In everyone’s life there are pivotal moments that could change the future, but whether or not they do depends on recognizing their meaning and value.
Esther Barker, a financial accounting assistant in radiation oncology at the Washington University School of Medicine, has no plans to switch careers now that she has earned a history degree from University College in Arts & Sciences.
“Unfortunately all of the people who come here to float or hike drive straight through the towns,” said Andrew Sheeley, who grew up in the Ozarks. “They don’t stop at local businesses or get to know the local people.”
Kasey Joyce, former reporter for KSDK-TV in St. Louis and president of the Entrepreneurship and Venture Capital Association at Olin Business School, has been highly involved with entrepreneurship in her two years in the MBA program.
“Prior to attending the Brown School I volunteered for a year in Honduras.
Marcus Surles was working as a courier when he was dispatched to deliver some pamphlets to Seigle Hall.
Christina “Nina” Marino will receive a doctorate in physical therapy at Commencement, after which she will begin a clinical residency in women’s health.
Abigail (Abby) Fraeman’s love of space really took off during middle school when her father brought home a telescope.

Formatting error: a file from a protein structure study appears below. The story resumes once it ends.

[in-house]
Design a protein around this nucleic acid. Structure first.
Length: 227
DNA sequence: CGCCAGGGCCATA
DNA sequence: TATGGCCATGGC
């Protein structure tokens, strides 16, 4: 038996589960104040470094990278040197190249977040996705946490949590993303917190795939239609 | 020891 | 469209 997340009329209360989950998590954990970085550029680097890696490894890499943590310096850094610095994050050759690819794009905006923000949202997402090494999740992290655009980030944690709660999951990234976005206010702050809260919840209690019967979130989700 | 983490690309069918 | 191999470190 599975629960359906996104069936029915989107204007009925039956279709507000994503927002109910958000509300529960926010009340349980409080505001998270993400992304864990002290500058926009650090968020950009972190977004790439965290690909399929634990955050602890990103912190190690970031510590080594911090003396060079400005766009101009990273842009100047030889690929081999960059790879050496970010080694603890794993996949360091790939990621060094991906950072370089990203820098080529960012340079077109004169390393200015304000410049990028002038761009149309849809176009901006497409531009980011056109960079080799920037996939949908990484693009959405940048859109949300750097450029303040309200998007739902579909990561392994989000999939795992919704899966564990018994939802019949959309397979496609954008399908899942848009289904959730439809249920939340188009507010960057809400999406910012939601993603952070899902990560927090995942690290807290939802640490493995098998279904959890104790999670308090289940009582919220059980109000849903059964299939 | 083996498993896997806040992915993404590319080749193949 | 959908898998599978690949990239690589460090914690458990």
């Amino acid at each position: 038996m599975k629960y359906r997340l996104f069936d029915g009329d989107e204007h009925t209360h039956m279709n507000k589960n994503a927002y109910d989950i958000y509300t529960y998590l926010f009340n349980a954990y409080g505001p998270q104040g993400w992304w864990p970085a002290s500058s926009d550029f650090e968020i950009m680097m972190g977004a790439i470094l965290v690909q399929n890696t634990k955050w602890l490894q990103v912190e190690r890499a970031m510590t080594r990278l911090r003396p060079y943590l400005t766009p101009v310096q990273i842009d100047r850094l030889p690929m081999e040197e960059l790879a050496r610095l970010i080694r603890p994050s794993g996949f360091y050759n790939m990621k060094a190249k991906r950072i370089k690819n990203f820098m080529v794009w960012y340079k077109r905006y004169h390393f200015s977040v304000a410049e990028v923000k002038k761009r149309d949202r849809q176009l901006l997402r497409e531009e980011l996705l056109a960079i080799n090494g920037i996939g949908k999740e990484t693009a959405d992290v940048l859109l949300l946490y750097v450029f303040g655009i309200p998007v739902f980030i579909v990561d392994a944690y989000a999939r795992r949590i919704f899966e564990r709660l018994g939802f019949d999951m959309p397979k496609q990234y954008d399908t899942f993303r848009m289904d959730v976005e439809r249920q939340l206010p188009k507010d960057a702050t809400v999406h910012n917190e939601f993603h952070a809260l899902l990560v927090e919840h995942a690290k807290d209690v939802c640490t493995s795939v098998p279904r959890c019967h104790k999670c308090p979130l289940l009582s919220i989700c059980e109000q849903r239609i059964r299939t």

Sarah Raven, a master’s candidate in the BS/MS program in mechanical engineering in the School of Engineering & Applied Science, will start work in July as a structural analysis engineer at The Boeing Company, working with military aircraft.
Grace Feenstra, an Annika Rodriguez Scholar who majored in economics and urban studies in Arts & Sciences, will join other WUSTL classmates and alums at Bain & Company in Dallas where she will work as an associate consultant.
Ryan Rimer has wanted to be a physician since he was 10. It just took a little longer than usual to make that happen.
Andrew Blumberg and Amanda Stein have landed coveted clerkships with the Delaware Court of Chancery.